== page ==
A ballot in September would make meaningful industrial action next to impossible in 2022. The announcement to cut over 90,000 jobs makes this even more urgent.

The BLN call for a ballot in July 2022 will build on the national demo called by the Trades Union Congress (TUC) for 18 June.

It would put PCS in the position of going to the TUC Congress in September with a successful ballot already completed. PCS would once again play a leading role with other unions, giving them confidence that they could create a ‘coalition of the willing’.


Another key debate will be around organising the union. The NEC has gone conspicuously quiet on the matter.

Its motion last year instructed it to report to branches early in 2022 on various matters, including extension of the election of full-time officers. But the report kicked the can down the road, with decisions now to be taken at ADC 2023.

Yet delegates would be mistaken to think this means that there aren’t changes being made to PCS.

There’s still a push, for example, for digital solutions to organising challenges. There is still a trend of centralising power away from lay activists. These attacks on activist-led democracy can be defeated.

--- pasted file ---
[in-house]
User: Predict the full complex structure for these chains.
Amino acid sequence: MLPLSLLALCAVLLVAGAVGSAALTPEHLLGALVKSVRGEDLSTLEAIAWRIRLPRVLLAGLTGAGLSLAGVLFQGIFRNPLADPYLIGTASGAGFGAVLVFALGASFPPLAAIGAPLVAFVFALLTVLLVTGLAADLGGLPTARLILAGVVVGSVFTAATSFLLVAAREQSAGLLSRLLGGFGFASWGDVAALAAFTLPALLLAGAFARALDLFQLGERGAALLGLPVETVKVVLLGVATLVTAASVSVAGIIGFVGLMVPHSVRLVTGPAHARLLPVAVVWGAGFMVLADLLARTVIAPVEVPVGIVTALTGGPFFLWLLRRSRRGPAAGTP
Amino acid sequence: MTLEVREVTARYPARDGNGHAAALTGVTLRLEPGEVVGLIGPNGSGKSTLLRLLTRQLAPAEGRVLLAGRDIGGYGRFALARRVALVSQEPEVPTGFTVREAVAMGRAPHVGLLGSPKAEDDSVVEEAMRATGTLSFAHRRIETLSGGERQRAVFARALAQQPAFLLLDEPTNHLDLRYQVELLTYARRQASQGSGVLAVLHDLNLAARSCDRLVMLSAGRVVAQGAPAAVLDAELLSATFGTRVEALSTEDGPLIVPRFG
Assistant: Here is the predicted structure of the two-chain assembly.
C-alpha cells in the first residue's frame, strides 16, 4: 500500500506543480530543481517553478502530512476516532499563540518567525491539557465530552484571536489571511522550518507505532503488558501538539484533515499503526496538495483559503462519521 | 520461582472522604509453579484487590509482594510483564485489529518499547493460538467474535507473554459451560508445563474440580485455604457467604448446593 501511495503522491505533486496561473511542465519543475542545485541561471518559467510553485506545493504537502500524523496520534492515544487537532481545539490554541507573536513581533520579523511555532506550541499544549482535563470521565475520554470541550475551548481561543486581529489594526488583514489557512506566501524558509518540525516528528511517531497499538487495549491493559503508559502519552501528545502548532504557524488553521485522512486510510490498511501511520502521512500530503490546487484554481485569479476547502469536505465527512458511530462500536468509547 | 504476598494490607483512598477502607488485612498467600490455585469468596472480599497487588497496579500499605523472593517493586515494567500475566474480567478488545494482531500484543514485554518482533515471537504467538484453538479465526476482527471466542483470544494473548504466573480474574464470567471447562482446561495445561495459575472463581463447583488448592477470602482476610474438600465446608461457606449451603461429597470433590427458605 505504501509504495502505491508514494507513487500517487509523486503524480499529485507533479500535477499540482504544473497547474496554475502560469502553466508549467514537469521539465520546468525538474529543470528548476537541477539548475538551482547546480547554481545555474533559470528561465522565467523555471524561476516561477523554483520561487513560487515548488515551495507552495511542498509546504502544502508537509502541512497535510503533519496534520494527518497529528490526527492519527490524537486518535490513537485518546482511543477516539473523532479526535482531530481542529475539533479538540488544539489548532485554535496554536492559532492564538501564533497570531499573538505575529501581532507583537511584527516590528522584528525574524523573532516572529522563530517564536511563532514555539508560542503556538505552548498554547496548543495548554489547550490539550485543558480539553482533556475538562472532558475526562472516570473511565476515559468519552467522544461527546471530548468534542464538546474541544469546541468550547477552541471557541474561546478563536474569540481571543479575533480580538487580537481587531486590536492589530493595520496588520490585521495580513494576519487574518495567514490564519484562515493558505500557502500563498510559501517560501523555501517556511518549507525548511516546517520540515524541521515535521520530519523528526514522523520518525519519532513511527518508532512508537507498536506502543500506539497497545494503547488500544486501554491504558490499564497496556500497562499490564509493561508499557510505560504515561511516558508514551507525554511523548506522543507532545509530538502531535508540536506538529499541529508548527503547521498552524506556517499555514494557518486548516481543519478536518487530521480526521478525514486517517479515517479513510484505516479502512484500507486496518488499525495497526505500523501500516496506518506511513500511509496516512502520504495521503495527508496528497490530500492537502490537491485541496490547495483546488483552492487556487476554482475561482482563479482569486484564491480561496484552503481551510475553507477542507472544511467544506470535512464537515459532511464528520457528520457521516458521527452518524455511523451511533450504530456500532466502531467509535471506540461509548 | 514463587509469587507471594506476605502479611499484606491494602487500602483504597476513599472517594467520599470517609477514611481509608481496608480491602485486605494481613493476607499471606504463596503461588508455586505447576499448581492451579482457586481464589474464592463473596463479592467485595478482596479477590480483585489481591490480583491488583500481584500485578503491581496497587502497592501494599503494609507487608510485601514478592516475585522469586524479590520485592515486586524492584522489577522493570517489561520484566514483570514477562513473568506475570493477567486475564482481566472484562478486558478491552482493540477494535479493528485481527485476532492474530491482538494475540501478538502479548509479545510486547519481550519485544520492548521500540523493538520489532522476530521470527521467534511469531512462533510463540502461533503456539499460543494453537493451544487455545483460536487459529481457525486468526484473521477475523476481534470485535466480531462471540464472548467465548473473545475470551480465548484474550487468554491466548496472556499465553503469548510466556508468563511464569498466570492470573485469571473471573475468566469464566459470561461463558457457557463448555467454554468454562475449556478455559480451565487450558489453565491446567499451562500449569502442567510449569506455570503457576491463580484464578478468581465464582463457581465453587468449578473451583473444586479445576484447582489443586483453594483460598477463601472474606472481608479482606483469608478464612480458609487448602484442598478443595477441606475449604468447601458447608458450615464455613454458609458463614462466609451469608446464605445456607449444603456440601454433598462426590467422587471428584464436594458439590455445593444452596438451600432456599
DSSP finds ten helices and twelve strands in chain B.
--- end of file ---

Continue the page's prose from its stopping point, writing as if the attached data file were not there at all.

ADC 2022 comes at a crucial time. It gives delegates the chance to adopt a fighting programme to face and reverse the range of attacks facing our members today.

This will be the first step in rebuilding PCS as the proud, activist-led union we all aspire to see again.

Socialist Party fringe meeting Tuesday 24 May at end of conference, Old Ship Hotel, 32-38 Kings Road, Brighton

BLN fringe meeting Wednesday 25 May at end of conference, Old Ship Hotel, 32-38 Kings Road, Brighton

National executive election results: BLN well placed for major battles to come

2019 BEIS strike. Photo: Paula Mitchell

Marion Lloyd, a Socialist Party member, stood for PCS president as part of the Broad Left Network slate in the national elections. She responded to the results announced on 13 May.

“Thanks to everybody who stood with the Broad Left Network in the NEC and group elections.  A number of BLN supporters have already been elected into prominent positions in groups – congratulations to those who have been elected.

In the NEC elections, BLN supporters have increased their votes. The votes for other groupings, including for the Left Unity leadership of the union, have fallen.

We are well-placed to tackle the major fights that are coming. On pay, as the cost of living squeeze tightens its grip. And, of course, the outrageous announcements by the Tories who want to cut over 90,000 jobs.

BLN supporters, whether active locally, in their workplaces, or in national positions, will continue to fight tirelessly for PCS members. We will not stop putting forward a fighting, campaigning programme capable of winning.”

Stop Press

DWP group executive results are in. Six BLN supporters, including four Socialist Party members, have been elected.

Further reporting to follow.